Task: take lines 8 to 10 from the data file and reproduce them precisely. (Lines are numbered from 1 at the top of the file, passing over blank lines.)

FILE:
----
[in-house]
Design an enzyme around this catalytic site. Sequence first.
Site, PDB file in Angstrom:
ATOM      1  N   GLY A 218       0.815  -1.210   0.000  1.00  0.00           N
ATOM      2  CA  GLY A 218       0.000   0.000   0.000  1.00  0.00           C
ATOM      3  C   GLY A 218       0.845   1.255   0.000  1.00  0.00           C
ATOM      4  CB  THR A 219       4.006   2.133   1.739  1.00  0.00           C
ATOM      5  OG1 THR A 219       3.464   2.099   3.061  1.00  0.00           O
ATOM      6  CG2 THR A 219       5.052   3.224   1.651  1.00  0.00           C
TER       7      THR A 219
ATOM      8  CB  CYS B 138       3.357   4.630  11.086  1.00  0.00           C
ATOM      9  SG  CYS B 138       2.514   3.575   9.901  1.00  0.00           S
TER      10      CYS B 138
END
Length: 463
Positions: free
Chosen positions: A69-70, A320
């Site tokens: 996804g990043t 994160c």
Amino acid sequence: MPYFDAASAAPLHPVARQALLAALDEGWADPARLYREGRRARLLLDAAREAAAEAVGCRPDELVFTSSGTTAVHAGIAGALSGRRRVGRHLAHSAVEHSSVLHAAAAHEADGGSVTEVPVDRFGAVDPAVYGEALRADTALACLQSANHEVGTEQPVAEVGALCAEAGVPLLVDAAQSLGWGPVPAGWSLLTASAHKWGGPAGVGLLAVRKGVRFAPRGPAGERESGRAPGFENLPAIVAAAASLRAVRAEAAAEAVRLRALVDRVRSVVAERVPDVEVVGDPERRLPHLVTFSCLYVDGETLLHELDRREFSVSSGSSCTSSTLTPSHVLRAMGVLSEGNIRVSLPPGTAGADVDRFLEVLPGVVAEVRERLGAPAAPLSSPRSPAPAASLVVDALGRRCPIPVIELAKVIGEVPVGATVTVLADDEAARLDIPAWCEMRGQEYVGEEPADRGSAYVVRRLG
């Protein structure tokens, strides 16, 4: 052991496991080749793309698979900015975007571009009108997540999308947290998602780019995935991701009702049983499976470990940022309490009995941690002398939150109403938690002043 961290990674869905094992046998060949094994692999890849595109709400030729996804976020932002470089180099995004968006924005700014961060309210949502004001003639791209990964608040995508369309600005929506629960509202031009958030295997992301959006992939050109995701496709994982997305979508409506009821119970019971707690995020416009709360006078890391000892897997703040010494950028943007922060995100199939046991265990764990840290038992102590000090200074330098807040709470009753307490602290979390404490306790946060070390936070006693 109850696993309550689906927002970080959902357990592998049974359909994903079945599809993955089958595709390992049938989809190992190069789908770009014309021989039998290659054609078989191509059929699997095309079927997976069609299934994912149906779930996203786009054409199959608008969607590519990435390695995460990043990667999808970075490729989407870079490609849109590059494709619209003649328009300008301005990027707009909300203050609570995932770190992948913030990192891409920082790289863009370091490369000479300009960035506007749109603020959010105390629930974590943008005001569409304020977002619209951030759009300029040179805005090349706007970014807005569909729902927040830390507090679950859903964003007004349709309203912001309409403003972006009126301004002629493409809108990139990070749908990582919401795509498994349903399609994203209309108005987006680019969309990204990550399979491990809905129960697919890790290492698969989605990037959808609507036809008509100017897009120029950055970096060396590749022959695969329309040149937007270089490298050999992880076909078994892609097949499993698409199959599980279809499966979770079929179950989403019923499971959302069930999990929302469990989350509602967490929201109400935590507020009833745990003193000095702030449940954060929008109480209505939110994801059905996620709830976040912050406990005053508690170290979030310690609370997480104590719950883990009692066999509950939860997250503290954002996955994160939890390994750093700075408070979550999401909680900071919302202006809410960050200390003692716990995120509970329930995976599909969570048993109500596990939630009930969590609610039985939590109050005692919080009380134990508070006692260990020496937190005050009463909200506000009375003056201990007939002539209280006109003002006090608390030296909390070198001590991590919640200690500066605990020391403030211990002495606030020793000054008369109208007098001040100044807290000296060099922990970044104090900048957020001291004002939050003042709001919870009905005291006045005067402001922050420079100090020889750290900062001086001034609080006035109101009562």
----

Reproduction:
ATOM      5  OG1 THR A 219       3.464   2.099   3.061  1.00  0.00           O
ATOM      6  CG2 THR A 219       5.052   3.224   1.651  1.00  0.00           C
TER       7      THR A 219